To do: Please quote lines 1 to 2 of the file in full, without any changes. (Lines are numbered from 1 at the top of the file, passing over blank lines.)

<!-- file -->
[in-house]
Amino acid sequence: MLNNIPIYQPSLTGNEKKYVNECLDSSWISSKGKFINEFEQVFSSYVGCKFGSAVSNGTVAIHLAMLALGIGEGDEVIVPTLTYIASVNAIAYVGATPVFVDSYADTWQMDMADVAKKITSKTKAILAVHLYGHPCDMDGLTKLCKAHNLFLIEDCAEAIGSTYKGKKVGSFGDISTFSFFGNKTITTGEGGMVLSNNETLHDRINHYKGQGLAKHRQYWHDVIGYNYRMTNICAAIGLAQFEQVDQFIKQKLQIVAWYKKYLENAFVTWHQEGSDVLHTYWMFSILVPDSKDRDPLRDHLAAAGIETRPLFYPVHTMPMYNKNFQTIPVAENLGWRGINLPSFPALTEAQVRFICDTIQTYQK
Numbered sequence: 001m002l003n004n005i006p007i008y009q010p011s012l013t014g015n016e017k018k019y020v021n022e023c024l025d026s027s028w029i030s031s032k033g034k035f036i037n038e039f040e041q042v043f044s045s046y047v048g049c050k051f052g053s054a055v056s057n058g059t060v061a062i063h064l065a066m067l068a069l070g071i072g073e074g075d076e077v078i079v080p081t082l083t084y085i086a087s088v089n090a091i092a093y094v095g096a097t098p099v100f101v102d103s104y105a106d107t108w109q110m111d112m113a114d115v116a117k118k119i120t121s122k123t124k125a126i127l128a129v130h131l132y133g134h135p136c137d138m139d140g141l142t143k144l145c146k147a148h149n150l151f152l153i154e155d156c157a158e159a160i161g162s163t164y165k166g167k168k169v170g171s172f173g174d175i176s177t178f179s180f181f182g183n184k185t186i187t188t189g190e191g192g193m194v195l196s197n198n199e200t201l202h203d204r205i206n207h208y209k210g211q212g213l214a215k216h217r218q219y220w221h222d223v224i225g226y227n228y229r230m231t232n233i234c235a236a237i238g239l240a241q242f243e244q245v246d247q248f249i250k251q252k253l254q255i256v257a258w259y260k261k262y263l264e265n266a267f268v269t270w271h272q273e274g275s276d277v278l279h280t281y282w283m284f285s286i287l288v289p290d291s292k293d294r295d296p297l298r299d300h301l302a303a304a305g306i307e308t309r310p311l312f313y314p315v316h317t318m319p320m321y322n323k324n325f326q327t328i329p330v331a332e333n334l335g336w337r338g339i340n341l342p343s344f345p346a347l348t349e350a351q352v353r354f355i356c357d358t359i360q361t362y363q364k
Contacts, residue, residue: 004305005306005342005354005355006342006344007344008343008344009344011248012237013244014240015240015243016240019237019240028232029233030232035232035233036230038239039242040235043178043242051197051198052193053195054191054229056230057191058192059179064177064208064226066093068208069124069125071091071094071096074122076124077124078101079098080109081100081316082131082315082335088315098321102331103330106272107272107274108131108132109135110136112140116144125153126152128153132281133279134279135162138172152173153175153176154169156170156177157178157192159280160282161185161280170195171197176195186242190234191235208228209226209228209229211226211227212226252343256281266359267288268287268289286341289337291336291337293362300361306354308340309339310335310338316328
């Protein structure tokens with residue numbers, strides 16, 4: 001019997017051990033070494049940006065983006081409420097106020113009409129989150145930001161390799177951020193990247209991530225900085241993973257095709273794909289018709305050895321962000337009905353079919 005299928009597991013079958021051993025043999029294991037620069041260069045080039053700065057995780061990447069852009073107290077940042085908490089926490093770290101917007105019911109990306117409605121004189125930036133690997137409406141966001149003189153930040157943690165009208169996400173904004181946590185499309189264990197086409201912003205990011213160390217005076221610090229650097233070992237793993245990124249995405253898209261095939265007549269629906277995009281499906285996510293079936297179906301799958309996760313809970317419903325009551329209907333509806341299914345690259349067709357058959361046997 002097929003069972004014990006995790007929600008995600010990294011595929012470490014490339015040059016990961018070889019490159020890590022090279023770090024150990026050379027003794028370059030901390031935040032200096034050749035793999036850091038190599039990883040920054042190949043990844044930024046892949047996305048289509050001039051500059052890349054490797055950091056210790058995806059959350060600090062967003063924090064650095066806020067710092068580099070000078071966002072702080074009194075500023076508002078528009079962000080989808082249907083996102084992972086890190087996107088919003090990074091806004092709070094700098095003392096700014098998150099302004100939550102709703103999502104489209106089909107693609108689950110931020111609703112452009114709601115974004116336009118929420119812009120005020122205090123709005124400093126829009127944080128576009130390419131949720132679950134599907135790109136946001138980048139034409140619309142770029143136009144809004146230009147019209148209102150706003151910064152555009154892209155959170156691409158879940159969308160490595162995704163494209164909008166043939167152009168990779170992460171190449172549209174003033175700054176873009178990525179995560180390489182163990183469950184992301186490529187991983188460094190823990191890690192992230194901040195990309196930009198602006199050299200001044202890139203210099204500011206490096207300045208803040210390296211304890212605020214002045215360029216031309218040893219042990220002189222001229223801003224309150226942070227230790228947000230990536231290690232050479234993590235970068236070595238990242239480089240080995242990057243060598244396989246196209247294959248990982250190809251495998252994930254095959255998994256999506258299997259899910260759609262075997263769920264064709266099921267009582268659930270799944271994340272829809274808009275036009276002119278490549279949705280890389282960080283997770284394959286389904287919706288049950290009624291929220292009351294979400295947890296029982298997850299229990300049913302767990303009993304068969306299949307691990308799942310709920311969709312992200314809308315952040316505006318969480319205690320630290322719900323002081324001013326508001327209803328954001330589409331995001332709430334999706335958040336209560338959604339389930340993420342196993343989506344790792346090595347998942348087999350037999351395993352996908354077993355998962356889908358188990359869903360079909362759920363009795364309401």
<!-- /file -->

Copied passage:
[in-house]
Amino acid sequence: MLNNIPIYQPSLTGNEKKYVNECLDSSWISSKGKFINEFEQVFSSYVGCKFGSAVSNGTVAIHLAMLALGIGEGDEVIVPTLTYIASVNAIAYVGATPVFVDSYADTWQMDMADVAKKITSKTKAILAVHLYGHPCDMDGLTKLCKAHNLFLIEDCAEAIGSTYKGKKVGSFGDISTFSFFGNKTITTGEGGMVLSNNETLHDRINHYKGQGLAKHRQYWHDVIGYNYRMTNICAAIGLAQFEQVDQFIKQKLQIVAWYKKYLENAFVTWHQEGSDVLHTYWMFSILVPDSKDRDPLRDHLAAAGIETRPLFYPVHTMPMYNKNFQTIPVAENLGWRGINLPSFPALTEAQVRFICDTIQTYQK